1 - No one can predict the weather so I would be looking at a weather report for Bryce Canyon and if it is clear then head there first. I would stop first at Joshua
Tree National Park. It is incredibly beautiful and very few people know about it so it is usually empty. Then go to Las Vegas and then to Zion NP. From there I would either head to Bryce Canyon NP or the south rim of the Grand Canyon depending on the weather. Then Sedona. September is very unpredictable weather wise.
2 - 412 miles is a two day drive for me in any RV. It can be done but you will be doing drive by sightseeing.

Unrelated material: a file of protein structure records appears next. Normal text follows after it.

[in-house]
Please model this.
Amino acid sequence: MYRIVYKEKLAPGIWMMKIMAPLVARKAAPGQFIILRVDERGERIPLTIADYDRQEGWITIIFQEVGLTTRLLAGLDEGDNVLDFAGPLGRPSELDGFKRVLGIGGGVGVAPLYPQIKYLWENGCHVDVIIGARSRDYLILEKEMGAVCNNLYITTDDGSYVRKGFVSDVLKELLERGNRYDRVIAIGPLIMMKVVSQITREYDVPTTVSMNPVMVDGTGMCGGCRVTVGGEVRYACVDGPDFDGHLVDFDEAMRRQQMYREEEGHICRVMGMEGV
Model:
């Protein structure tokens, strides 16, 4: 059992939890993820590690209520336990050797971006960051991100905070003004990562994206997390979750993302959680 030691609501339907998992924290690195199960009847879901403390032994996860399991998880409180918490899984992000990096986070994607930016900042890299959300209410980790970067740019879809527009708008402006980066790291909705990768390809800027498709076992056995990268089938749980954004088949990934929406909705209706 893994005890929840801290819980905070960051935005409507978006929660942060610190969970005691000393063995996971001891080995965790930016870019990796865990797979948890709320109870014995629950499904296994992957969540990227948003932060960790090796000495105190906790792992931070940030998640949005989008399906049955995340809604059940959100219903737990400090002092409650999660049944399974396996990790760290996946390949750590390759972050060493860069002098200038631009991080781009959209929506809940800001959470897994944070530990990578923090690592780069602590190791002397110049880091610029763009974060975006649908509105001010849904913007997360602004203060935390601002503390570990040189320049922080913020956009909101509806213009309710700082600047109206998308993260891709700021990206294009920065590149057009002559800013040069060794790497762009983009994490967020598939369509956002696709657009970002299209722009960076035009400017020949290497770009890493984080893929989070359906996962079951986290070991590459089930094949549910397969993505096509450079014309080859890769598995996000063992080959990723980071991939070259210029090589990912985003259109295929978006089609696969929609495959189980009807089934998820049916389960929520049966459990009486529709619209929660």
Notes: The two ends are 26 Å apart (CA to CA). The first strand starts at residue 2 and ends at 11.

3 - I love Sedona but I really don't think there is many boondocking spots there.
You should also consider Death Valley however it does have a flooding problem right now. Camping is inexpensive there. I know plenty of places to camp for free in Las Vegas but I won't post it here in a public forum. I have lived in Las Vegas but I don't gamble and so I consider it a one night stopover. If you want to do a lot of free camping then subscribe to a website like Overnight RV Parking | Free Campsites.
Actually I would stop first at Santee Lakes in San Diego for a night. Beautiful spot with lots of birds.
 

Old_Crow

Well-known member
Joined
Nov 20, 2016
Posts
3,612
Location
Tom's Place, California
Tom's right about boondocking in Sedona. It's way to trendy to allow much of that.